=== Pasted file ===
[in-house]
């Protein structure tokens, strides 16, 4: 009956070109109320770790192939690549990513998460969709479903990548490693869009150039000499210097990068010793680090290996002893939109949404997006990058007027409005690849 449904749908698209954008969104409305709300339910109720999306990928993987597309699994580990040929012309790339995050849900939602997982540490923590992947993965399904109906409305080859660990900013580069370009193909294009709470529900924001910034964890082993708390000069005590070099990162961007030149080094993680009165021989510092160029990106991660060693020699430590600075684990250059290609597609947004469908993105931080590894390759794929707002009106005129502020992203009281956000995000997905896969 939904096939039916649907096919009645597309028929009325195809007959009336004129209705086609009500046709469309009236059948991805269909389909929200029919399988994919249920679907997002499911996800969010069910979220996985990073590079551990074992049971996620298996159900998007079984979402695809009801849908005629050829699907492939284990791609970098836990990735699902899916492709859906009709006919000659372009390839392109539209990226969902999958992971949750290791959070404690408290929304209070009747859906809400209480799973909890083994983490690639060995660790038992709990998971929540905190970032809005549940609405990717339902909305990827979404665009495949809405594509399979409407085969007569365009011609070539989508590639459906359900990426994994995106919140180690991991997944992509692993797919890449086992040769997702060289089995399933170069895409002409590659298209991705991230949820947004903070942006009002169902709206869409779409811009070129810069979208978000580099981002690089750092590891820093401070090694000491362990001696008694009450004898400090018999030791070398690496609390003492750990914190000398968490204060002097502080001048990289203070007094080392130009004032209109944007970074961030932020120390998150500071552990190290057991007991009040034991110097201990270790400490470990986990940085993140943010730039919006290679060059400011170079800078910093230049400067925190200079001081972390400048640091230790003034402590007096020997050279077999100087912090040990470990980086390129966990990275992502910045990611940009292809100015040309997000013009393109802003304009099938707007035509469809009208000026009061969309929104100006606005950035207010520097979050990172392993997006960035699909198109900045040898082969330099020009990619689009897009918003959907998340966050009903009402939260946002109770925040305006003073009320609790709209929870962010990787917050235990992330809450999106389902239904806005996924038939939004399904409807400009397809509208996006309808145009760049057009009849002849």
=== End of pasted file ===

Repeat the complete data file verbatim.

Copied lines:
[in-house]
């Protein structure tokens, strides 16, 4: 009956070109109320770790192939690549990513998460969709479903990548490693869009150039000499210097990068010793680090290996002893939109949404997006990058007027409005690849 449904749908698209954008969104409305709300339910109720999306990928993987597309699994580990040929012309790339995050849900939602997982540490923590992947993965399904109906409305080859660990900013580069370009193909294009709470529900924001910034964890082993708390000069005590070099990162961007030149080094993680009165021989510092160029990106991660060693020699430590600075684990250059290609597609947004469908993105931080590894390759794929707002009106005129502020992203009281956000995000997905896969 939904096939039916649907096919009645597309028929009325195809007959009336004129209705086609009500046709469309009236059948991805269909389909929200029919399988994919249920679907997002499911996800969010069910979220996985990073590079551990074992049971996620298996159900998007079984979402695809009801849908005629050829699907492939284990791609970098836990990735699902899916492709859906009709006919000659372009390839392109539209990226969902999958992971949750290791959070404690408290929304209070009747859906809400209480799973909890083994983490690639060995660790038992709990998971929540905190970032809005549940609405990717339902909305990827979404665009495949809405594509399979409407085969007569365009011609070539989508590639459906359900990426994994995106919140180690991991997944992509692993797919890449086992040769997702060289089995399933170069895409002409590659298209991705991230949820947004903070942006009002169902709206869409779409811009070129810069979208978000580099981002690089750092590891820093401070090694000491362990001696008694009450004898400090018999030791070398690496609390003492750990914190000398968490204060002097502080001048990289203070007094080392130009004032209109944007970074961030932020120390998150500071552990190290057991007991009040034991110097201990270790400490470990986990940085993140943010730039919006290679060059400011170079800078910093230049400067925190200079001081972390400048640091230790003034402590007096020997050279077999100087912090040990470990980086390129966990990275992502910045990611940009292809100015040309997000013009393109802003304009099938707007035509469809009208000026009061969309929104100006606005950035207010520097979050990172392993997006960035699909198109900045040898082969330099020009990619689009897009918003959907998340966050009903009402939260946002109770925040305006003073009320609790709209929870962010990787917050235990992330809450999106389902239904806005996924038939939004399904409807400009397809509208996006309808145009760049057009009849002849």